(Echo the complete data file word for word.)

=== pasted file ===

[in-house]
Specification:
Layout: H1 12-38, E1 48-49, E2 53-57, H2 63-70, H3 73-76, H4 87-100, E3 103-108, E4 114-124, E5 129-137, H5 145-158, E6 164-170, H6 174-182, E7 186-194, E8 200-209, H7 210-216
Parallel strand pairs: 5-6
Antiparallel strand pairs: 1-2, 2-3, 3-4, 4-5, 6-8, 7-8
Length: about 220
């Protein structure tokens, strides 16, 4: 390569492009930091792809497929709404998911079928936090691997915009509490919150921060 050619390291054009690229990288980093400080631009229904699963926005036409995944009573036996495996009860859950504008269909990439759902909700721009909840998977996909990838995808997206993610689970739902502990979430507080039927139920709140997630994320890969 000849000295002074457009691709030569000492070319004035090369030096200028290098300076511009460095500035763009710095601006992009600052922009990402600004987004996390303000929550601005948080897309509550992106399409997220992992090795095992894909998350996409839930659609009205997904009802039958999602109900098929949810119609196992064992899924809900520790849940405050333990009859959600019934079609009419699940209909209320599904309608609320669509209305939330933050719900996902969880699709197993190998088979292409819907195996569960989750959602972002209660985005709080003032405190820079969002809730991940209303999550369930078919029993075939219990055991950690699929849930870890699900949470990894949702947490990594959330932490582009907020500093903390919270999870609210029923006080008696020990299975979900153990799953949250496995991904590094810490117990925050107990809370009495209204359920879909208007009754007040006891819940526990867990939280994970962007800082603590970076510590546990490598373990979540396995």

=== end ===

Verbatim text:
[in-house]
Specification:
Layout: H1 12-38, E1 48-49, E2 53-57, H2 63-70, H3 73-76, H4 87-100, E3 103-108, E4 114-124, E5 129-137, H5 145-158, E6 164-170, H6 174-182, E7 186-194, E8 200-209, H7 210-216
Parallel strand pairs: 5-6
Antiparallel strand pairs: 1-2, 2-3, 3-4, 4-5, 6-8, 7-8
Length: about 220
């Protein structure tokens, strides 16, 4: 390569492009930091792809497929709404998911079928936090691997915009509490919150921060 050619390291054009690229990288980093400080631009229904699963926005036409995944009573036996495996009860859950504008269909990439759902909700721009909840998977996909990838995808997206993610689970739902502990979430507080039927139920709140997630994320890969 000849000295002074457009691709030569000492070319004035090369030096200028290098300076511009460095500035763009710095601006992009600052922009990402600004987004996390303000929550601005948080897309509550992106399409997220992992090795095992894909998350996409839930659609009205997904009802039958999602109900098929949810119609196992064992899924809900520790849940405050333990009859959600019934079609009419699940209909209320599904309608609320669509209305939330933050719900996902969880699709197993190998088979292409819907195996569960989750959602972002209660985005709080003032405190820079969002809730991940209303999550369930078919029993075939219990055991950690699929849930870890699900949470990894949702947490990594959330932490582009907020500093903390919270999870609210029923006080008696020990299975979900153990799953949250496995991904590094810490117990925050107990809370009495209204359920879909208007009754007040006891819940526990867990939280994970962007800082603590970076510590546990490598373990979540396995």